Here, we see that AutoMapper maps all null values from the source object to the destination object. Only, the Grades property that has the type List mapped to an empty list instead of a null value. Additionally, our application throws an exception because AutoMapper attempts to populate the Department member with a null value. At this point, if our application requires no null or empty values for certain properties, then it may end up crashing.

We can solve this problem by checking null properties manually and initializing them with a default value, but this is not practical and it shadows the power of AutoMapper. AutoMapper provides a graceful solution for such situations.

So, let’s handle null values with AutoMapper.

Ignore Null Values With AutoMapper

When AutoMapper encounters null values within source members, it can react in various ways, from throwing exceptions to populating destination objects with unexpected values. To ensure a seamless mapping process, it’s often necessary to instruct AutoMapper to gracefully ignore null values.

As we mentioned earlier, we configure mapping rules via mapping profile classes. Thus, it is time to create a new mapping profile that contains mapping rules to ignore null values for all source members:

public class IgnoreNullMappingProfile : Profile
{
    public IgnoreNullMappingProfile()
    {
        CreateMap<StudentItemDto, StudentEntity>()
            .ForMember(dest => dest.Age, opt => opt.MapFrom(src => src.AgeInfo))
            .ForAllMembers(opts =>
            {
                opts.Condition((src, dest, srcMember) => srcMember != null);
            });

        CreateMap<StudentEntity, StudentItemDto>()
            .ForMember(dest => dest.AgeInfo, opt => opt.MapFrom(src => src.Age))
            .ForAllMembers(opts =>
            {
                opts.Condition((src, dest, srcMember) => srcMember != null);
            });
    }
}

Here, we create the IgnoreNullMappingProfile mapping class. Its purpose is to ignore null values from the source object. To accomplish this, we invoke the ForAllMembers() method, which takes an action delegate as an argument. Inside the delegate method, we configure AutoMapper to ignore null values for all source members by calling opts.Condition((src, dest, srcMember) => srcMember != null).

Let’s see IgnoreNullMappingProfile in action:

public static StudentEntity UpdateStudentIgnoreNullValues(StudentItemDto source)
{
    return MapToStudentEntity<IgnoreNullMappingProfile>(source);
}

Here, we create the UpdateStudentIgnoreNullValues() method. It calls the MapToStudentEntity() method with the IgnoreNullMappingProfile.

Now, we can re-check the mapping result again:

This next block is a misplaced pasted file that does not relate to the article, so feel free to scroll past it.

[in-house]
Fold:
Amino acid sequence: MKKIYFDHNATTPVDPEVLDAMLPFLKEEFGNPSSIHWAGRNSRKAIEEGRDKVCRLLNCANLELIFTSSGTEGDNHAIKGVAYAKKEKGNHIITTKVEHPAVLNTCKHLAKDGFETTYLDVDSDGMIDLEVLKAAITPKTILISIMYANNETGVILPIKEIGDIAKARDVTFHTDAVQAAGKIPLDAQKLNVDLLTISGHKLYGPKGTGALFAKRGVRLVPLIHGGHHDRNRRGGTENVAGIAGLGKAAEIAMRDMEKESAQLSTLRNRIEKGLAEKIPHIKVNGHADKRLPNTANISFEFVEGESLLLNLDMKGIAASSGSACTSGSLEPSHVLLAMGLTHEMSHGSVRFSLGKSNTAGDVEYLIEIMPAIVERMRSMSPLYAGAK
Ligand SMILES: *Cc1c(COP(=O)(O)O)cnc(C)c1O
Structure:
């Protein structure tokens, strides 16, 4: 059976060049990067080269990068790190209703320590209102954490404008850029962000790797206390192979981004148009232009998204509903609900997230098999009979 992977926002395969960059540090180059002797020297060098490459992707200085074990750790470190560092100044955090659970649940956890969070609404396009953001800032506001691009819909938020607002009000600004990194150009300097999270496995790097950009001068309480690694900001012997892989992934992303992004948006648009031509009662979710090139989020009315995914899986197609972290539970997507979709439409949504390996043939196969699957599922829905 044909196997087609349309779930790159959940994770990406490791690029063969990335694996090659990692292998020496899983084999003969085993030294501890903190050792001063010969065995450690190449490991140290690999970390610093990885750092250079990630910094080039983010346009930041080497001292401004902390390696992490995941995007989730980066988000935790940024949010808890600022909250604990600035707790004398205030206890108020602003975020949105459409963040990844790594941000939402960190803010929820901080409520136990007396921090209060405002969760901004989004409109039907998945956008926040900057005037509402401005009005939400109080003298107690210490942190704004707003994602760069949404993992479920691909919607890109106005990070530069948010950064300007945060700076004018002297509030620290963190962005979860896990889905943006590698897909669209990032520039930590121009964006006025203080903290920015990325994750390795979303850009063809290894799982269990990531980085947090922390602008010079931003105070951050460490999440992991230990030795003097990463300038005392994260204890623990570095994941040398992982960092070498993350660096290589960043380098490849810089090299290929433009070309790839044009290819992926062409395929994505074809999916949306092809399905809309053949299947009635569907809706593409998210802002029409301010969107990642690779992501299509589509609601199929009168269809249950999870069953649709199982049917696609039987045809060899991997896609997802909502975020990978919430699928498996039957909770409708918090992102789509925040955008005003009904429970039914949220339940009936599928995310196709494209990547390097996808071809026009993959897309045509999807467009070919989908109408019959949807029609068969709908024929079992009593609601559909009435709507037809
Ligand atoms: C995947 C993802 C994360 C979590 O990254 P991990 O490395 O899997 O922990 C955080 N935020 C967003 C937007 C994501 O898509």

Source : {
  "Id": 0,
  "Name": "Test",
  "AgeInfo": 29,
  "Grades": null,
  "Department": null,
  "University": null,
  "IsGraduated": false
}

Using IgnoreNullMappingProfile:
Destination : {
  "Id": 0,
  "Name": "Test",
  "Age": 29,
  "Grades": [],
  "Department": "Computer Engineering",
  "University": {
    "Name": "Bosphorus University",
    "Location": null
  }
}
Mapped without exception

With the new configuration, AutoMapper ignores null values and does not map them to the destination object. Besides that, our application does not throw an exception. But still, we have a problem. The Grades property is null in the source object and mapped as an empty list to the destination object. If our application requires us to ignore null values for all source members, then we should find a way to handle null value mapping for lists or collections. 

So, let’s empower the mapping configuration to ignore the null values for list or collection members.

Ignore Null Values for Lists and Collections

AutoMapper provides many functionalities to customize mapping rules. When it comes to the List or Collection type members, we have seen that with default mapping rules, AutoMapper maps null values to an empty list or collection.

AutoMapper has a configuration method named AllowNull(). With this configuration, AutoMapper allows null collections from the source object and tries to map to the destination object. By using both the AllowNull() and the Condition((...) => srcMember != null) rules, we configure AutoMapper to ignore null values for list and collection types.

With this in mind, let’s see how we use the AllowNull() method in mapping configuration:

public class IgnoreNullMappingProfile : Profile
{
    public IgnoreNullMappingProfile()
    {
        CreateMap<StudentItemDto, StudentEntity>()
            .ForMember(dest => dest.Age, opt => opt.MapFrom(src => src.AgeInfo))
            .ForAllMembers(opts =>
            {
                opts.AllowNull();
                opts.Condition((src, dest, srcMember) => srcMember != null);
            });

        CreateMap<StudentEntity, StudentItemDto>()
            .ForMember(dest => dest.AgeInfo, opt => opt.MapFrom(src => src.Age))
            .ForAllMembers(opts =>
            {
                opts.AllowNull();
                opts.Condition((src, dest, srcMember) => srcMember != null);
            });
    }
}

With the latest configuration modifications in place, let’s examine the mapping result once more:

Source : {
  "Id": 0,
  "Name": "Test",
  "AgeInfo": 29,
  "Grades": null,
  "Department": null,
  "University": null,
  "IsGraduated": false
}

Using IgnoreNullMappingProfile:
Destination : {
  "Id": 0,
  "Name": "Test",
  "Age": 29,
  "Grades": [
    2.36,
    2.72,
    3.06
  ],
  "Department": "Computer Engineering",
  "University": {
    "Name": "Bosphorus University",
    "Location": null
  }
}
Mapped without exception

Here, AutoMapper ignores the Grades property in the source object and keeps the destination object’s original value.

Conclusion

In this article, we have explored AutoMapper mapping profiles. We configured AutoMapper via customized mapping rules through mapping profiles. More importantly, we delved into null value mapping problems and what consequences may occur when we don’t care about null value mapping. Subsequently, we discussed how AutoMapper provides a graceful solution to ignore null values from all source members. Finally, we examined how we address null value mapping for list or collection types by utilizing AutoMapper’s AllowNull feature.